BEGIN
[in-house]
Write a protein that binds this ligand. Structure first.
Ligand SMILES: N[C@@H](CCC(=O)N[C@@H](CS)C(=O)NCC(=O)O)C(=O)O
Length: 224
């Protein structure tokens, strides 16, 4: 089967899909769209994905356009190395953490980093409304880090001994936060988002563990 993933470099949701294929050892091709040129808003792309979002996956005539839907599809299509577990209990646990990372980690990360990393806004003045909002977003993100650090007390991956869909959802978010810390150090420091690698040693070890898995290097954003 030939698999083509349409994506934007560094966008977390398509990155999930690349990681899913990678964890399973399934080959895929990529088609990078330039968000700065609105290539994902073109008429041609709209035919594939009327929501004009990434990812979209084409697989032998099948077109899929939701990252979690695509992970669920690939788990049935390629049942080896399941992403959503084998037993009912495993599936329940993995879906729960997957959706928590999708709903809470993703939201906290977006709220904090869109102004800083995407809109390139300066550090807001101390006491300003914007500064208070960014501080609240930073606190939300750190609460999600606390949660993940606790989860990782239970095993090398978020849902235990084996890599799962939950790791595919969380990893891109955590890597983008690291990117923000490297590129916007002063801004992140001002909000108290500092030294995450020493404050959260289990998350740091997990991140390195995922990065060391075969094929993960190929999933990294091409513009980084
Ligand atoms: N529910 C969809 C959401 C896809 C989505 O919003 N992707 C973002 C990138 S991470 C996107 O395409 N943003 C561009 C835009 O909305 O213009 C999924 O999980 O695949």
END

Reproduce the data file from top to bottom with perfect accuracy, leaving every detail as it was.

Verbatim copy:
[in-house]
Write a protein that binds this ligand. Structure first.
Ligand SMILES: N[C@@H](CCC(=O)N[C@@H](CS)C(=O)NCC(=O)O)C(=O)O
Length: 224
């Protein structure tokens, strides 16, 4: 089967899909769209994905356009190395953490980093409304880090001994936060988002563990 993933470099949701294929050892091709040129808003792309979002996956005539839907599809299509577990209990646990990372980690990360990393806004003045909002977003993100650090007390991956869909959802978010810390150090420091690698040693070890898995290097954003 030939698999083509349409994506934007560094966008977390398509990155999930690349990681899913990678964890399973399934080959895929990529088609990078330039968000700065609105290539994902073109008429041609709209035919594939009327929501004009990434990812979209084409697989032998099948077109899929939701990252979690695509992970669920690939788990049935390629049942080896399941992403959503084998037993009912495993599936329940993995879906729960997957959706928590999708709903809470993703939201906290977006709220904090869109102004800083995407809109390139300066550090807001101390006491300003914007500064208070960014501080609240930073606190939300750190609460999600606390949660993940606790989860990782239970095993090398978020849902235990084996890599799962939950790791595919969380990893891109955590890597983008690291990117923000490297590129916007002063801004992140001002909000108290500092030294995450020493404050959260289990998350740091997990991140390195995922990065060391075969094929993960190929999933990294091409513009980084
Ligand atoms: N529910 C969809 C959401 C896809 C989505 O919003 N992707 C973002 C990138 S991470 C996107 O395409 N943003 C561009 C835009 O909305 O213009 C999924 O999980 O695949």